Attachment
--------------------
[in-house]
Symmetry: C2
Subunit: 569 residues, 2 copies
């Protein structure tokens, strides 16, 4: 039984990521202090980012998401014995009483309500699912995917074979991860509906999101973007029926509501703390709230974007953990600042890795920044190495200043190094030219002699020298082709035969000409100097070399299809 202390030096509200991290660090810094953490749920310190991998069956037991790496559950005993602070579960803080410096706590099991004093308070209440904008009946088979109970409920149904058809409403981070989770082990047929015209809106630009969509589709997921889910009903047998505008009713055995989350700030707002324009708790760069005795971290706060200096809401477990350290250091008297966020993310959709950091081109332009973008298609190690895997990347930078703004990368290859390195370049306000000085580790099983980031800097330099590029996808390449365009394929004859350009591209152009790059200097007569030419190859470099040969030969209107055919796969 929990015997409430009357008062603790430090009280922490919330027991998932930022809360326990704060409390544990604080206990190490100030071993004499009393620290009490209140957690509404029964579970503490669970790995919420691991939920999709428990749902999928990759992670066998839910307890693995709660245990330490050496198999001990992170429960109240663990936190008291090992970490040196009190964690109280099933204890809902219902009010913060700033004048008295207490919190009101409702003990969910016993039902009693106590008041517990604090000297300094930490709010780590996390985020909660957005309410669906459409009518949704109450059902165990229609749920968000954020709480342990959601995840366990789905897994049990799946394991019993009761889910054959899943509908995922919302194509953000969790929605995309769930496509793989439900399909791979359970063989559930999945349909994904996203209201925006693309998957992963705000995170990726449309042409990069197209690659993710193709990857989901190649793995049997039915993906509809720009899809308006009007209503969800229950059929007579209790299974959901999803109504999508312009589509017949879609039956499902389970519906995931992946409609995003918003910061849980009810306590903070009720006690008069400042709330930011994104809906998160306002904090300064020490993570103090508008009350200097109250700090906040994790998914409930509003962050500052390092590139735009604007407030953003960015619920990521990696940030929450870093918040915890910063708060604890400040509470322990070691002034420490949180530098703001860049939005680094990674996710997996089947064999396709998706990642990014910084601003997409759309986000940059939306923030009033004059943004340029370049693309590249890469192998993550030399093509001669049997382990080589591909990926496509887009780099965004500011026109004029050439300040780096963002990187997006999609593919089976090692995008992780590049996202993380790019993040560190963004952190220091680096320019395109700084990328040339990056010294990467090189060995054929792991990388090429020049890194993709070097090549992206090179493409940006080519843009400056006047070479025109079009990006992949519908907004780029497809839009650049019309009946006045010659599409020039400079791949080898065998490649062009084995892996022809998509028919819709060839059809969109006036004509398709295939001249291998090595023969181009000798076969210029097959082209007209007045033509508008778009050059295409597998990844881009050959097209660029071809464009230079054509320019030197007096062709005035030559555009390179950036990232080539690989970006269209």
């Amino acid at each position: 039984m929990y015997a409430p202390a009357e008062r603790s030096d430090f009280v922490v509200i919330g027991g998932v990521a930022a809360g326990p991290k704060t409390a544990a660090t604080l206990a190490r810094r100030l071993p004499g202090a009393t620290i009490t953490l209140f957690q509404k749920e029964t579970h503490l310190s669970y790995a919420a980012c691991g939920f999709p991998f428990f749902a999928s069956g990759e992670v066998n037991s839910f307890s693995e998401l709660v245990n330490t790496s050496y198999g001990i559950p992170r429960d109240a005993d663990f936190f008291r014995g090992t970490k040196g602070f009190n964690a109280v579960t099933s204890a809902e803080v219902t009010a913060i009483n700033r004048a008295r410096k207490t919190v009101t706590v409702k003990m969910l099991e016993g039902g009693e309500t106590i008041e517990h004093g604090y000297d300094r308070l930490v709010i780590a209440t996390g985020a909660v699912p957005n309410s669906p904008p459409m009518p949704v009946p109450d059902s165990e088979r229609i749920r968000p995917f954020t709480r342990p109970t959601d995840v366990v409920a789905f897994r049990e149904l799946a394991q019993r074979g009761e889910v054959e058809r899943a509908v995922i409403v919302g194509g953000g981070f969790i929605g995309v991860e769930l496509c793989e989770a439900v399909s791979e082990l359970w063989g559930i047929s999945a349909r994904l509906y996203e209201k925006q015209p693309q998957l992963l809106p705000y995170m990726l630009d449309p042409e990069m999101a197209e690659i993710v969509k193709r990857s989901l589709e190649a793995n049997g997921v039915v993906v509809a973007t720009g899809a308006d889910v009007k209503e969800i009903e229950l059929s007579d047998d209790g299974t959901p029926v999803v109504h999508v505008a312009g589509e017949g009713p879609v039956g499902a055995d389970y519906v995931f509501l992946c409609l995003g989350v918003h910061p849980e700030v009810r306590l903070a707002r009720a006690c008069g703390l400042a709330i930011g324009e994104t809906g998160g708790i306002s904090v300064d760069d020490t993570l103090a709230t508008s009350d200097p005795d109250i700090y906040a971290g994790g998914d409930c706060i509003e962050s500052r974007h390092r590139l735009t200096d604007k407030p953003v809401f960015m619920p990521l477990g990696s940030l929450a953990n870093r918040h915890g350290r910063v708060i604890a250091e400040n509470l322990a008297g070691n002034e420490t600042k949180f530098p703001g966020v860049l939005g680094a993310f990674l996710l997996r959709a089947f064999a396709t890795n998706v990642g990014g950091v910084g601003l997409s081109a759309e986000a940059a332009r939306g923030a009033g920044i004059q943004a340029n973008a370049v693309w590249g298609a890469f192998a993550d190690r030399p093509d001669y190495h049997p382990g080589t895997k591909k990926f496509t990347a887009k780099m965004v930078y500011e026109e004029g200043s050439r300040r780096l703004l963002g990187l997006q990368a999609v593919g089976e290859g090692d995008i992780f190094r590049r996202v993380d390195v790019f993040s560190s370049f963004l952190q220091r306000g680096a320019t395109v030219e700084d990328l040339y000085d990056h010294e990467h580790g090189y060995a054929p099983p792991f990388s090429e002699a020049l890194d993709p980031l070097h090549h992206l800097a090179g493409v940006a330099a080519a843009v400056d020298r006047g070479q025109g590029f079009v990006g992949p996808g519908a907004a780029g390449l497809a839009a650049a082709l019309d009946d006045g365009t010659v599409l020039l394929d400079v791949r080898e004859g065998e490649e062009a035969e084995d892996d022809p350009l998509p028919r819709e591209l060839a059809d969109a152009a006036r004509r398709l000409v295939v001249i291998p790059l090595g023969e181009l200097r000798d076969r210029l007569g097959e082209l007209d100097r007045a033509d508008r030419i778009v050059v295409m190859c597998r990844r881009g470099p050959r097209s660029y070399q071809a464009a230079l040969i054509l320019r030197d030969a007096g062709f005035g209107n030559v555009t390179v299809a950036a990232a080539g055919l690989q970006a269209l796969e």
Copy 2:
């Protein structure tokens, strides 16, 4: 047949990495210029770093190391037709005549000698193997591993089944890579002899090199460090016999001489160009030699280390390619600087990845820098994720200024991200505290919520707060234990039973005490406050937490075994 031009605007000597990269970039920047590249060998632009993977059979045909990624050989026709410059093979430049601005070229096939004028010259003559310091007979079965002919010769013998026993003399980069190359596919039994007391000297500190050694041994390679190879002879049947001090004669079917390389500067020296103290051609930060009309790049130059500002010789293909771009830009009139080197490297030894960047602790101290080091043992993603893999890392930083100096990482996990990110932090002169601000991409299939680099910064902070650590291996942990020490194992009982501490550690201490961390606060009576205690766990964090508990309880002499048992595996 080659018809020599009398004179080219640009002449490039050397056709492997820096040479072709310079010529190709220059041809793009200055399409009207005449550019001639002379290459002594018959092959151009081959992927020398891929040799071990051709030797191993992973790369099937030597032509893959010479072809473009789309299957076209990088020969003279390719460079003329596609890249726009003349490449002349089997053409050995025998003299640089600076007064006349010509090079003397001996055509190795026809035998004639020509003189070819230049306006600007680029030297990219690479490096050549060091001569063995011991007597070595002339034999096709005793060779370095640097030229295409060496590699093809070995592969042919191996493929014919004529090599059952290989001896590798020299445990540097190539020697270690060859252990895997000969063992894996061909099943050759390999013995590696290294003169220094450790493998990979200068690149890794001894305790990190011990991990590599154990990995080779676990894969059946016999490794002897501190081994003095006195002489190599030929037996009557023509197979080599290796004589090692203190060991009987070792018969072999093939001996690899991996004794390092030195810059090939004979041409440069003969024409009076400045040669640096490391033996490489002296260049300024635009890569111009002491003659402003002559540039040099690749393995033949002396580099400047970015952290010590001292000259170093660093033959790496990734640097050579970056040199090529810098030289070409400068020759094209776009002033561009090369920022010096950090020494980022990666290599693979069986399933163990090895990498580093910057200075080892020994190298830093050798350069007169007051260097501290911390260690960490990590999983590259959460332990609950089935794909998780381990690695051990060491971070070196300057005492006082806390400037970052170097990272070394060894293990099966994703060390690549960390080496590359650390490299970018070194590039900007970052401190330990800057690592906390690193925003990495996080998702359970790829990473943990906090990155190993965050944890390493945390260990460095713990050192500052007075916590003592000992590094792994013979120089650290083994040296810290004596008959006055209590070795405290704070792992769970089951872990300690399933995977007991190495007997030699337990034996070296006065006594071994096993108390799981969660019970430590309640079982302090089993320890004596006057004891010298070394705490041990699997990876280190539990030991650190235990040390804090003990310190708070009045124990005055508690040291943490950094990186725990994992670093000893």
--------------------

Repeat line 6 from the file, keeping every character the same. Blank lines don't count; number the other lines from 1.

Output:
Copy 2: